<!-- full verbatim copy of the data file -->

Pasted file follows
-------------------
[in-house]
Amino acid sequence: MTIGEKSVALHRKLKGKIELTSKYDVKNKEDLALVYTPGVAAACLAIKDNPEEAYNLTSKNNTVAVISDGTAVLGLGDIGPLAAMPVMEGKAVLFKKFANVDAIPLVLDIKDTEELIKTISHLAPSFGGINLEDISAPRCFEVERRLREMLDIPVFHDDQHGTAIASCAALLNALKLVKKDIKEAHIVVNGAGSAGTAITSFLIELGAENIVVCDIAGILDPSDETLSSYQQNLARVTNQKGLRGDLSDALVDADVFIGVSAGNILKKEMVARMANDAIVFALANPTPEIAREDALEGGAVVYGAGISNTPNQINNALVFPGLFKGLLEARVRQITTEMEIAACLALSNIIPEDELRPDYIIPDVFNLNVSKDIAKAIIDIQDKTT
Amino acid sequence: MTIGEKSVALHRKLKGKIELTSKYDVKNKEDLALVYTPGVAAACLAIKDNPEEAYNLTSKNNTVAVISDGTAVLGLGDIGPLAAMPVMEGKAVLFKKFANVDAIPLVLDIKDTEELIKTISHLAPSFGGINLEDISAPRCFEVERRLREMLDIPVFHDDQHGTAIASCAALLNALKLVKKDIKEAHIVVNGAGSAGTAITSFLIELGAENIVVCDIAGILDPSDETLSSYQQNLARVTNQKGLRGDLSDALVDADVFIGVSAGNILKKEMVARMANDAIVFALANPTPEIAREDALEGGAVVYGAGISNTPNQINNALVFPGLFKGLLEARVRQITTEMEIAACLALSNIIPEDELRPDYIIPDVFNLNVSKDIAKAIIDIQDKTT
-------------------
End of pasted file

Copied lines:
[in-house]
Amino acid sequence: MTIGEKSVALHRKLKGKIELTSKYDVKNKEDLALVYTPGVAAACLAIKDNPEEAYNLTSKNNTVAVISDGTAVLGLGDIGPLAAMPVMEGKAVLFKKFANVDAIPLVLDIKDTEELIKTISHLAPSFGGINLEDISAPRCFEVERRLREMLDIPVFHDDQHGTAIASCAALLNALKLVKKDIKEAHIVVNGAGSAGTAITSFLIELGAENIVVCDIAGILDPSDETLSSYQQNLARVTNQKGLRGDLSDALVDADVFIGVSAGNILKKEMVARMANDAIVFALANPTPEIAREDALEGGAVVYGAGISNTPNQINNALVFPGLFKGLLEARVRQITTEMEIAACLALSNIIPEDELRPDYIIPDVFNLNVSKDIAKAIIDIQDKTT
Amino acid sequence: MTIGEKSVALHRKLKGKIELTSKYDVKNKEDLALVYTPGVAAACLAIKDNPEEAYNLTSKNNTVAVISDGTAVLGLGDIGPLAAMPVMEGKAVLFKKFANVDAIPLVLDIKDTEELIKTISHLAPSFGGINLEDISAPRCFEVERRLREMLDIPVFHDDQHGTAIASCAALLNALKLVKKDIKEAHIVVNGAGSAGTAITSFLIELGAENIVVCDIAGILDPSDETLSSYQQNLARVTNQKGLRGDLSDALVDADVFIGVSAGNILKKEMVARMANDAIVFALANPTPEIAREDALEGGAVVYGAGISNTPNQINNALVFPGLFKGLLEARVRQITTEMEIAACLALSNIIPEDELRPDYIIPDVFNLNVSKDIAKAIIDIQDKTT